Looking into a career in the fast-growing instructional design industry, and wanting to learn the key skills of teaching with technology?
Watch this one minute video where Carien Aalbers, Head Tutor of the University of the Witwatersrand Instructional Design online short course, expands on the role.
An instructional designer, also known as a learning designer, is responsible for identifying the skills, knowledge, information and attitude gaps of a targeted audience and creating, selecting or suggesting learning experiences that close this gap. They also need to be able to make use of technology in education by optimally teaching with technology available to them and their purpose.
[bctt tweet=”The highest paid eLearning professionals earn, on average, $87,790 per year. ” username=”getsmarter”]
An instructional design expert needs to be able to:
- Leverage instructional technology and the advantages of an online environment by identifying the best technology in education for their purpose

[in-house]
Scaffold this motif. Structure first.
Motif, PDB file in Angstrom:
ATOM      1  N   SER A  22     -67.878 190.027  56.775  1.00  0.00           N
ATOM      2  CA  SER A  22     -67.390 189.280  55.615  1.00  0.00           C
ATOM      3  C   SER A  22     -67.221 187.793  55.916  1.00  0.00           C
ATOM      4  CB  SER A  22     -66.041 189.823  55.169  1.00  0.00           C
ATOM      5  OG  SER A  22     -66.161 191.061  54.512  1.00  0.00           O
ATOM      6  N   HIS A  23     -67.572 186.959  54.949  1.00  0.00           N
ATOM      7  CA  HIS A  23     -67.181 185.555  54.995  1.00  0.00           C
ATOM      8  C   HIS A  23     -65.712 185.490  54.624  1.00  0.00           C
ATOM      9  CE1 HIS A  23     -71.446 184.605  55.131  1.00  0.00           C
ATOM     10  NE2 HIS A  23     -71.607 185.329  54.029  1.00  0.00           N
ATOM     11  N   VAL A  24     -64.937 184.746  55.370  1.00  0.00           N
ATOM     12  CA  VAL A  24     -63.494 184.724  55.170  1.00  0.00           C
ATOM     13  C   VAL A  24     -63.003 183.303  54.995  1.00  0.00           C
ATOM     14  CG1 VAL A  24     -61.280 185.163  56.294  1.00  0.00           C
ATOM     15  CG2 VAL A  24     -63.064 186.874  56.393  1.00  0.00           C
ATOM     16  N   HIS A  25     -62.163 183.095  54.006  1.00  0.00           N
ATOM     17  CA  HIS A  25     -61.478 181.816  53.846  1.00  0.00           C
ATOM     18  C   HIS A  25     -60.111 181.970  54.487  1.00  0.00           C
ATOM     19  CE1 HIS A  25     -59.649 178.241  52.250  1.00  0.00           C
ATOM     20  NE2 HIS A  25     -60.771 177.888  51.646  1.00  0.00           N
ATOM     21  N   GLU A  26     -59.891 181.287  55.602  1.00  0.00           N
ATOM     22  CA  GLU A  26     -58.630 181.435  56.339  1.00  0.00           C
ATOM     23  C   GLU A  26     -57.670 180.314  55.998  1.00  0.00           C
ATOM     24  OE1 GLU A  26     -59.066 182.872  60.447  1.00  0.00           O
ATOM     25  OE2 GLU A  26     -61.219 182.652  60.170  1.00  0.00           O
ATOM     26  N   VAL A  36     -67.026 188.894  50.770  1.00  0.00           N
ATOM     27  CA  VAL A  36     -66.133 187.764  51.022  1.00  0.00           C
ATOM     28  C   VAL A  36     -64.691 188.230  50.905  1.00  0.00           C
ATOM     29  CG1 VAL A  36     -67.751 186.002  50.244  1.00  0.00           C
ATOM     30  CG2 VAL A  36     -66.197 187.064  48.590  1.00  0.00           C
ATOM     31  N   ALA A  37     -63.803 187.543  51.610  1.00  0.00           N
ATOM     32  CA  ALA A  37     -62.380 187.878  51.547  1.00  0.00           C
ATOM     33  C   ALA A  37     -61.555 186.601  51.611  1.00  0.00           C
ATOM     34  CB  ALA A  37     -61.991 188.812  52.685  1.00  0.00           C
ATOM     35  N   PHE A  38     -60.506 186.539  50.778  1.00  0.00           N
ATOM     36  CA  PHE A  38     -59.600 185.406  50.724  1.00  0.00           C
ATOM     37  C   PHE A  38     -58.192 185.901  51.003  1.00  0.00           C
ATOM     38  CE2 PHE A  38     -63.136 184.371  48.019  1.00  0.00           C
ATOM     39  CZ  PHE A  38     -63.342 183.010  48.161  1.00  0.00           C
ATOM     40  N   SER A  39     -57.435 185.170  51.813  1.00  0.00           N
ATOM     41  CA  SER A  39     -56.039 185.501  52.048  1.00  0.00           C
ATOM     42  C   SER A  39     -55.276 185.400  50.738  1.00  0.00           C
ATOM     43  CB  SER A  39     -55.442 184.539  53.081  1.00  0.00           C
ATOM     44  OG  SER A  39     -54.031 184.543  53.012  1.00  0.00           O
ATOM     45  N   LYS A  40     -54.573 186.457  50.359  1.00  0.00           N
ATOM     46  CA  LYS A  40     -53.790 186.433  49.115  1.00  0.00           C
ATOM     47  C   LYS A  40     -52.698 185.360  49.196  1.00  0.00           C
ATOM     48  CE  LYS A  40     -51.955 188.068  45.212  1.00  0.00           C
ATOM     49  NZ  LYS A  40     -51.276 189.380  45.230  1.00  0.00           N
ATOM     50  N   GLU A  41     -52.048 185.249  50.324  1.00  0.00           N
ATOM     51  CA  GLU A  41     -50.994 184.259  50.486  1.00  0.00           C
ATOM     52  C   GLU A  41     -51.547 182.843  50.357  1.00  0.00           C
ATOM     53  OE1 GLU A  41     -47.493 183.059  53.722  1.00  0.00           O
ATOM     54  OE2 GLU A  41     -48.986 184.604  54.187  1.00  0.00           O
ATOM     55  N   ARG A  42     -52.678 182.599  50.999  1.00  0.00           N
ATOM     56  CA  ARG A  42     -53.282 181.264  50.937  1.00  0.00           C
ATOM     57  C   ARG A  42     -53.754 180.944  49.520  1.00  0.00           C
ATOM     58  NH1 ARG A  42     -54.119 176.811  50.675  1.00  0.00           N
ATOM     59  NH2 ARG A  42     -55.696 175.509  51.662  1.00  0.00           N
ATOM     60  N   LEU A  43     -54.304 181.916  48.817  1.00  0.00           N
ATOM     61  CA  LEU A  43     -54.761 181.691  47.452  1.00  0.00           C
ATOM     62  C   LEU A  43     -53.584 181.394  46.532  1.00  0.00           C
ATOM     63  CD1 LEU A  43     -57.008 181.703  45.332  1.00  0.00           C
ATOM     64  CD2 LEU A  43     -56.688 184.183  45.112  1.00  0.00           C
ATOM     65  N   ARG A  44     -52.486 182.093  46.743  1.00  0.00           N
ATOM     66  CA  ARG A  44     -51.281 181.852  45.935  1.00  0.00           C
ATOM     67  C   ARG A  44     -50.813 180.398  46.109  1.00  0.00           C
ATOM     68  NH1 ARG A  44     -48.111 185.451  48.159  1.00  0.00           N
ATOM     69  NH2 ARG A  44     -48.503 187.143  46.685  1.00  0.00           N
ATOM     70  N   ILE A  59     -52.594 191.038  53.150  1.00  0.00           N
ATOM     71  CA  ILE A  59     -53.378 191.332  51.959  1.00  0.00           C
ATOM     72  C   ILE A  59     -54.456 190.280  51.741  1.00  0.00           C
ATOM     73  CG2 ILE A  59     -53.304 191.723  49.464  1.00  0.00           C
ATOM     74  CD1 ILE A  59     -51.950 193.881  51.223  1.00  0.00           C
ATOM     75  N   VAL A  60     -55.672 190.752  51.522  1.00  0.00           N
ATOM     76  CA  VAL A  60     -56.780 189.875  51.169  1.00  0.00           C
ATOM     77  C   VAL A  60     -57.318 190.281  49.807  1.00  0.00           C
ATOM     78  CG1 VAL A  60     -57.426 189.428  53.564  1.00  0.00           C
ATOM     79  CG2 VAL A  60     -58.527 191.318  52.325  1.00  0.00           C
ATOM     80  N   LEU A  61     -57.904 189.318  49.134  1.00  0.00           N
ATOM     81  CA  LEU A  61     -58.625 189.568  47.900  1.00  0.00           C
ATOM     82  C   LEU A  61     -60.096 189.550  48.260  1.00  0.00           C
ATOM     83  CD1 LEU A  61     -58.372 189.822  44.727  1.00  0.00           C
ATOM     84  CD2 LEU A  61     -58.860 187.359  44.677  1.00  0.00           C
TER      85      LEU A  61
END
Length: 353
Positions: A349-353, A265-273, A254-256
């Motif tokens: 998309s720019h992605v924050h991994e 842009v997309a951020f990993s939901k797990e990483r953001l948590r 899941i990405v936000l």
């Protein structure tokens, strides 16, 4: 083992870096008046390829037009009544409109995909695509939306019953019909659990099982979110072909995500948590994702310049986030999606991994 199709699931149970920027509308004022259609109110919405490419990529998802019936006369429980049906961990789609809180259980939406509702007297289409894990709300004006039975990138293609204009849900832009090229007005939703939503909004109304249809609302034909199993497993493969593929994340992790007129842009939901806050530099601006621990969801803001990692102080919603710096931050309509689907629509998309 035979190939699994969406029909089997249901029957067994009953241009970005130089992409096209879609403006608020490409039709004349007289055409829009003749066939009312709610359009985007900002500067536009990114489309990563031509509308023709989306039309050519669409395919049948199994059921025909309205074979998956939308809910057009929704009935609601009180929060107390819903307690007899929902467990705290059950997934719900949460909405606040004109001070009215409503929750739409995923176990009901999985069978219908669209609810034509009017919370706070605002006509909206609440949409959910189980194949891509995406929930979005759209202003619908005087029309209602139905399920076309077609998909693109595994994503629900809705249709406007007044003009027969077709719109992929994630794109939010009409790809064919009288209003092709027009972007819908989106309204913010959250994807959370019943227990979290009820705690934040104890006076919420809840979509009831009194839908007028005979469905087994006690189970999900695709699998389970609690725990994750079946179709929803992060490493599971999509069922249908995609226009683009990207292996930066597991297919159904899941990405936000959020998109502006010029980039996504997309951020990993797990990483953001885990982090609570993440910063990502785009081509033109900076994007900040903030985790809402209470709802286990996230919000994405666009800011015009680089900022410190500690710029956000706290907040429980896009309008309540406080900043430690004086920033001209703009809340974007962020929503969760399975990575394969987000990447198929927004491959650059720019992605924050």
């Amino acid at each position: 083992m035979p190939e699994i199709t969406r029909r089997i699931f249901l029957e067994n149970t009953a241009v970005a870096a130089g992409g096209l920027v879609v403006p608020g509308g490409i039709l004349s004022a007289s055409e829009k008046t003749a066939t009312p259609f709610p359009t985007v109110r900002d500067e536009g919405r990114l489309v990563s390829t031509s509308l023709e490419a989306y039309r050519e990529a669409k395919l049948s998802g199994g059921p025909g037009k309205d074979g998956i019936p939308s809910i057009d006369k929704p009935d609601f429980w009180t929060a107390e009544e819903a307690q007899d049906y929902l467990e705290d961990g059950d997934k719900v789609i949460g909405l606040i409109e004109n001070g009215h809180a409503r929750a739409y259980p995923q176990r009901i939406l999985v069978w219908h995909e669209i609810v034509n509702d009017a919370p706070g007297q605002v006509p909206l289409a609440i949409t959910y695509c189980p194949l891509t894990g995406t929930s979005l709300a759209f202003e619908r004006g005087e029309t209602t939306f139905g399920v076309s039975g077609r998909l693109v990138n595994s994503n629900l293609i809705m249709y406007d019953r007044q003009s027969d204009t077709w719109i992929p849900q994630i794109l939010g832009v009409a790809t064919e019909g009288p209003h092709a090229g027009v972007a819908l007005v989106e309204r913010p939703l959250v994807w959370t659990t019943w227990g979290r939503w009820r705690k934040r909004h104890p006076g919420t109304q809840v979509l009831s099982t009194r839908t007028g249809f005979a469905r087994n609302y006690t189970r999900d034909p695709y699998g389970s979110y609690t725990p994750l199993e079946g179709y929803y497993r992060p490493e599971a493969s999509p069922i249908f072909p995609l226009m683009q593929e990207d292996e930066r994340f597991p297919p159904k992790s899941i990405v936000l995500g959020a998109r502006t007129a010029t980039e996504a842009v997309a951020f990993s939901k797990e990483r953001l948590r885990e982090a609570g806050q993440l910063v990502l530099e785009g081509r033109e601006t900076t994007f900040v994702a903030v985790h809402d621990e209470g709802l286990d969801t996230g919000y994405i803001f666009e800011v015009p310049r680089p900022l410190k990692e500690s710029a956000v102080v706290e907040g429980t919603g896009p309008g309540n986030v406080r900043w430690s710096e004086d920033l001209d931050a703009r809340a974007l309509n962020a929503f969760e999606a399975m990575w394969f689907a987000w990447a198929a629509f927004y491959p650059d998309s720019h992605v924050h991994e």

- Express a learning need and identify the required exit level outcomes
- Construct a curriculum and delivery model based on that need and those outcomes
- Develop digital learning content, assessments, and platforms
- Interpret learning analytics data
These roles require a multitude of skills, including writing, web design, graphics, collaboration, planning and a strong teaching or learning background.
Do you think you have what it takes to pursue a career in instructional design?
Formalise your competence and develop your confidence, with University of the Witwatersrand Instructional Design online short course.
Some of the key skills in instructional design include interpersonal skills. You need to engage with organisations to really understand their training requirements. The ability to elicit the right information in order to establish the need for training is key to be able to design a program that meets this need. A user centred mindset and approach is also vital. To design great learning experiences, you need to be able to put yourself in the learner’s shoes. You also need to develop your written and visual communications skills. To create engaging course content, you need to be able to word and visualise the course in a way that makes it easy to understand and learn, and a delight to interact with – both aesthetically and functionally.